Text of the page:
- Associated Press - Sunday, June 22, 2014

OMAHA, Neb. (AP) - A few miles north of downtown - past the 24th Street Native Omahans Club, Thomas Funeral Home and a right turn from Fuzzy’s lounge - a new street has appeared in one of the city’s oldest neighborhoods.

Ten newly constructed houses and two completely rehabilitated ones deliver a $1.5 million investment to what one neighbor said was for years a “naked block.”

Built largely in a seven-day period that culminated in a Sunday dedication, the new housing that lines North 23rd Street between Laird and Sprague provides a glimpse into how Habitat for Humanity has become one of the Omaha area’s most prolific and recognized homebuilders.

Not the typical commercial builder, the not-for-profit Habitat chapter in each of the last four years has consistently been in the top 10 among local entities with the highest number of permits to construct single-family homes, according to a review of Omaha planning records.

At an average cost of $125,000, Habitat houses, filled by families meeting certain income criteria, provide a homeownership opportunity for a slice of the first-time buyer market that overall has concerned economists with its sluggish pace since the housing collapse.

Tim Underwood of MarketGraphics Nebraska, which tracks homebuilding trends, doesn’t view Habitat as competition for top producers such as Celebrity, Pine Crest or Charleston Homes, which are driven by profit. Rather, he said, charitable organizations like Habitat and Holy Name Housing, which in some recent years also has risen toward the top in permits, are pieces of the homeownership puzzle that pump an economy.

“They’re putting people in a position to hopefully build some equity,” Underwood said. “Somewhere down the line, those people will be homeowners of that second house.”

This year, Habitat expects to add 14 more newly constructed houses to the 10 that were part of the 2014 Home Builders Blitz that wrapped up Sunday when keys were turned over to new residents.

That will bring to 306 the number of newly constructed Habitat homes since the chapter was started in 1984. On top of that, Habitat by year’s end will have rehabilitated or renovated 117 homes in that same time period.

While the bulk of Habitat’s work is in aging north and South Omaha neighborhoods, about 25 foreclosed homes throughout the city were donated, most of them last year, by banks. That helped boost Habitat’s workload to its highest point ever, said development director Sarah Lopez.

Today’s total valuation of Habitat Omaha’s homeowner properties is about $22 million.

Amanda Brewer, executive director, said Habitat is proud to be among the area’s busiest construction companies, as that means more access to first-time homebuyers who otherwise wouldn’t qualify for a conventional loan. Habitat families pay full value for their property, she noted, but are jump-started with zero-interest mortgages.

“The best thing is that homeownership helps end the cycle of poverty,” Brewer said. “It creates a stable place to raise a family, and that stability extends to the neighborhood.”

Habitat’s recent blitz focused on part of North 23rd Street after an analysis revealed an opportune mix there: low homeownership rates and high renovation and demolition needs; yet close proximity to a large elementary school and employer.

Over the next few years the organization’s reach will extend farther into the Kountze Park area, with continued renovation and roof repair projects, coalition-building efforts and construction on abandoned lots.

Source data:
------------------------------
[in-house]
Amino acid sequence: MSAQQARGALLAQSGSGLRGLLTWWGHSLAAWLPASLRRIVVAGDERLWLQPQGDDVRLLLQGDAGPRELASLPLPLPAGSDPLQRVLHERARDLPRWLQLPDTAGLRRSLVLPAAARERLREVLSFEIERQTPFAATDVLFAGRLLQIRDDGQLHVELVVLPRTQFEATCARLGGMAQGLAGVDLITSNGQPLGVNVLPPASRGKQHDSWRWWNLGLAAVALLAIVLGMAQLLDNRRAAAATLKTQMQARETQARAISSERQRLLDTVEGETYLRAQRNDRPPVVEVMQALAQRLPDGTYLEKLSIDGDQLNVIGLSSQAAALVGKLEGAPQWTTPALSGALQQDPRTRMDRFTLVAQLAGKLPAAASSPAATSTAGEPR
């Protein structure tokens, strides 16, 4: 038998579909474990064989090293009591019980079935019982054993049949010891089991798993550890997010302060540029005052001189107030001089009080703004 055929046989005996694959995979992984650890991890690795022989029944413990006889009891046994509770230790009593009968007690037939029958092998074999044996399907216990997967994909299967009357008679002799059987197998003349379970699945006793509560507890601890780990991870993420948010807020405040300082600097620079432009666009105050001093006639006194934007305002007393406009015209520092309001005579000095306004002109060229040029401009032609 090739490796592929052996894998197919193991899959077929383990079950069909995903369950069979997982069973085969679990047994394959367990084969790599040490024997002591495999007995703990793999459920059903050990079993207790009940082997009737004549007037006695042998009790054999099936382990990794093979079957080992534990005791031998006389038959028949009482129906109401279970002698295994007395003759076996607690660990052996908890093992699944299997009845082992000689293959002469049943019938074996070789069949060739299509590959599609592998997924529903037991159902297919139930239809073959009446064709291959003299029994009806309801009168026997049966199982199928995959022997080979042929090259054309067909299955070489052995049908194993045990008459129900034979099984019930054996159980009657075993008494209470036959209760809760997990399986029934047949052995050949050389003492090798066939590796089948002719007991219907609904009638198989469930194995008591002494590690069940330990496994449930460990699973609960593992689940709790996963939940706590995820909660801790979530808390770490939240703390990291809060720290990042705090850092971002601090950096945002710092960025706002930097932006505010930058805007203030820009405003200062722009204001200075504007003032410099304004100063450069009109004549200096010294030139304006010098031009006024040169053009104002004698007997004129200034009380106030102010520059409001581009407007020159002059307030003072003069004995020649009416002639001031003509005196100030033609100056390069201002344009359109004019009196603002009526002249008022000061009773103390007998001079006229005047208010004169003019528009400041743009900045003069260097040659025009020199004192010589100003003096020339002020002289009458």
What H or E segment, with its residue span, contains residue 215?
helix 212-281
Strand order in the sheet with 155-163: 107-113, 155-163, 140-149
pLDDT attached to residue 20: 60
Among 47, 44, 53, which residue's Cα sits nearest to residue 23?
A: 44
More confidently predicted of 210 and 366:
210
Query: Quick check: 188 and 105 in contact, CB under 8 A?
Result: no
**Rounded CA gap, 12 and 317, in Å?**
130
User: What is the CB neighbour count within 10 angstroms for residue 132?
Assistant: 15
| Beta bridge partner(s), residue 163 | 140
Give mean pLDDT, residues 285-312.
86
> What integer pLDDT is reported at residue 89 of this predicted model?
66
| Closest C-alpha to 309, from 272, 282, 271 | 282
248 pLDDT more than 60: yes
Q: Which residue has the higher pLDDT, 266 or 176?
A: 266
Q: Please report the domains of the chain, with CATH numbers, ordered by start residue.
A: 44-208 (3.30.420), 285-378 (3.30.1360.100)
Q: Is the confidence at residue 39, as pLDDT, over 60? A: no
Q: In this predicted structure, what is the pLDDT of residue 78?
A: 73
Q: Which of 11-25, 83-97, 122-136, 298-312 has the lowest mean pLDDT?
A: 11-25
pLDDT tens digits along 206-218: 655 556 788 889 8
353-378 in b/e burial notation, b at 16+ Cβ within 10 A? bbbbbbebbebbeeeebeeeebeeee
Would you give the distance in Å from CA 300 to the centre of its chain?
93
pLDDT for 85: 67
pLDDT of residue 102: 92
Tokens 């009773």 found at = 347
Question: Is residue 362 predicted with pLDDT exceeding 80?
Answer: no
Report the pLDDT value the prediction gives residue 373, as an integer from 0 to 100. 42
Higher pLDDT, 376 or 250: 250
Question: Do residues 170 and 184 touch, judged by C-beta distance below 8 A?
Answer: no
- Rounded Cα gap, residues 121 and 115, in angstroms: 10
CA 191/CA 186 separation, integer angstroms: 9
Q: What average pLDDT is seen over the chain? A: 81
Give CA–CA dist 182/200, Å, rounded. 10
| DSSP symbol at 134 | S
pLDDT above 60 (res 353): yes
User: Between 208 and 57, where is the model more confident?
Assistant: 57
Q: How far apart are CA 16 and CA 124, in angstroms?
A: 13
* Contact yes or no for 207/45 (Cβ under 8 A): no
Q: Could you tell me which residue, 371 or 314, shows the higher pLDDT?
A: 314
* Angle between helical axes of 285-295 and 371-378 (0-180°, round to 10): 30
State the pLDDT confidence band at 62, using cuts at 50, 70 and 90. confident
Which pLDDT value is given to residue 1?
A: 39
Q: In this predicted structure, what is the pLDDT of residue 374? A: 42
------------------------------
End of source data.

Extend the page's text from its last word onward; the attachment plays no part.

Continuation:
“So when we leave, we truly are leaving a better neighborhood,” said Habitat spokeswoman Tracie McPherson.

James Phelps, 65, lives a stone’s throw away from the cluster of just-built residences and is thrilled.

“I’m lovin’ it,” said Phelps, a retired packinghouse worker. “They started tearing things down over there about 10 years ago; it became a naked block.”

Phelps even cut down some overgrown bushes on the side of his yard so he could better see the resurrection of the block where he grew up. In just a matter of days, a new house rose on the empty lot where his childhood home stood decades ago.

Last week’s blitz also allowed a timeout of sorts where competing builders worked together toward a common goal.

Josh Steele of Kiewit said the annual blitzes have become team-building events for his company and a way co-workers can give back to their community.

“Not only are we helping one family, we’re transforming an entire neighborhood,” he said.

Besides Kiewit, volunteer participants in this year’s blitz included Build Omaha, JE Dunn Construction, Lueder Construction, the M Group, MCL Construction, SL Jensen Construction, Charleston Homes and the Weitz Co. Those companies also tap subcontractors who volunteer time and materials. And other partners pitch in, including the City of Omaha, area neighborhood groups and schools.

Habitat families such as Amina Khamis, Abdikadir Osman and their six kids invest labor and take homeownership classes before moving in.

Habitat and its partners are expected to invest $4 million and 65,000 volunteer hours into the broader north Omaha neighborhood over the next few years through the new builds, demolitions and beautification projects, McPherson said. In three years, Habitat will do a follow-up analysis to measure the impact.

Already Phelps said he’s seen a ripple effect. A nearby landlord installed new windows; another neighbor mowed his knee-high lawn. Phelps, who rents, can’t help but feel a tinge of envy, though, looking toward the rows of new houses.

“As a matter of fact I’m straight-up jealous,” he said, leaning back on his porch chair. “But I’m still happy because I feel part of it.”

___

Information from: Omaha World-Herald, http://www.omaha.com

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